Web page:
PERVOMAYSK MISSILE BASE, Ukraine (AP) _ With the U.S. and Ukrainian defense chiefs looking on, soldiers laid to rest on Saturday one more ghost of the Cold War doomsday threat.

``We are seeing history in the making,'' Defense Secretary William Perry said, a 60-foot-tall SS-19 intercontinental ballistic missile at his back.

Ukrainian soldiers lifted the giant, gray SS-19 _ its warhead already removed _ out of its underground silo with a Ukrainian missile erector. Standing nearby were an American pulley device and power tools used to yank out the silo's electronics and to prepare the missile for its journey to the junk yard.

``Our children and our grandchildren will live in a safer world because of what we are doing here,'' Perry said.

Later at a lunch of traditional Ukrainian food and drink, Perry toasted his hosts and saluted Pervomaysk as ``a symbol of disarmament and of hope in the world.''

For their part, the Ukrainians seemed pleased to have the United States' cooperation, and even used the event to emphasize how expensive disarmament can be.

``The elimination of nuclear weapons is being carried out at a good pace, but I cannot say it's a process with no problems,'' Col. Gen. Vladymir Mikhtiuk, commander of the 43rd Rocket Army, told Perry during the missile-raising. Mikhtiuk said it consumed ``great technical and material resources.'' It was a gentle way of saying it's straining Ukraine's tight budget.

The townfolk also seemed to enjoy the occasion. At a military club some miles from the missile site, a crowd of perhaps 100 people stood outside in the cold waiting for a chance to spot probably the only U.S. defense secretary they would ever encounter. When Perry emerged they pressed near; some young people spoke to him.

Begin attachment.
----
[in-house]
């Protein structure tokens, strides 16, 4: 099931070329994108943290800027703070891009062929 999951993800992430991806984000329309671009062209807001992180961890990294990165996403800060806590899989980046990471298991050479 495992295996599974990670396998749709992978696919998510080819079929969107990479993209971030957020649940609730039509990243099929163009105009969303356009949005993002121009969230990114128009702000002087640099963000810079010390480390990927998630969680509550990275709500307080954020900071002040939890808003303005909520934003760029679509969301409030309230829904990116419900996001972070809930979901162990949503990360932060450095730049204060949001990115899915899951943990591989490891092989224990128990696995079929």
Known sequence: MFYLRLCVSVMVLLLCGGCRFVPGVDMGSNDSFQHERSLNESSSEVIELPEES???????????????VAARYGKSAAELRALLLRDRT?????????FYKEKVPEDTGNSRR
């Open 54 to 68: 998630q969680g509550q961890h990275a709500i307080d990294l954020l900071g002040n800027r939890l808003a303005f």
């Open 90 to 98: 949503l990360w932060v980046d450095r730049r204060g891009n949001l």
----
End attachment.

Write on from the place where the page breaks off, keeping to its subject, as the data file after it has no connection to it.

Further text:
Ukraine inherited its nuclear force in the breakup of the Soviet Union, and it has been pressing the Clinton administration to provide more aid for its disarmament. By the end of 1996, Ukraine is scheduled to have sent all 1,240 of its inherited nuclear warheads to Russia. Several hundred already are gone.

During the missile-raising ceremony in a snow-covered farm field, Perry signed an agreement to provide an additional $20 million to help Ukraine eliminate its SS-19 and newer SS-24 nuclear missiles and destroy their silos. The money will buy cranes, excavators and other equipment, services and training.

The extra money brings to $205 million the total amount of U.S. assistance under a December 1993 agreement by the Pentagon to help Ukraine in its disarmament.

Part of the U.S. money, which was authorized by Congress, is being used to help Ukraine cope with the social consequences of its disarmament. Perry made a point of seeing how some of that money is being used.

He visited a dilapidated former Soviet defense factory that has been converted from making naval ship components to producing prefabricated housing.

With $10 million in Pentagon assistance, the U.S. company Bill Harbert International Construction is employing Ukrainians to build 261 prefabricated houses for Pervomaysk missile base officers who are losing their jobs because of disarmament.

The idea is to develop the housing project to the point where it could become a profitable Ukrainian venture with sales throughout the country and beyond.

Perry attended a dedication ceremony at a parcel of land in the town of Pervomaysk where the Harbert houses are being erected. He said the U.S. assistance for the project was a sign of the Clinton administration's determination to help Ukraine not only disarm but also cope with the consequences.

Perry later flew to Moscow where he will hold three days of talks on a range of issues, including preparations for President Clinton's visit in May and U.S. displeasure at Russia's planned sale of nuclear reactors to Iran. After that, Perry plans to visit the former Soviet republics of Kazakhstan and Uzbekistan.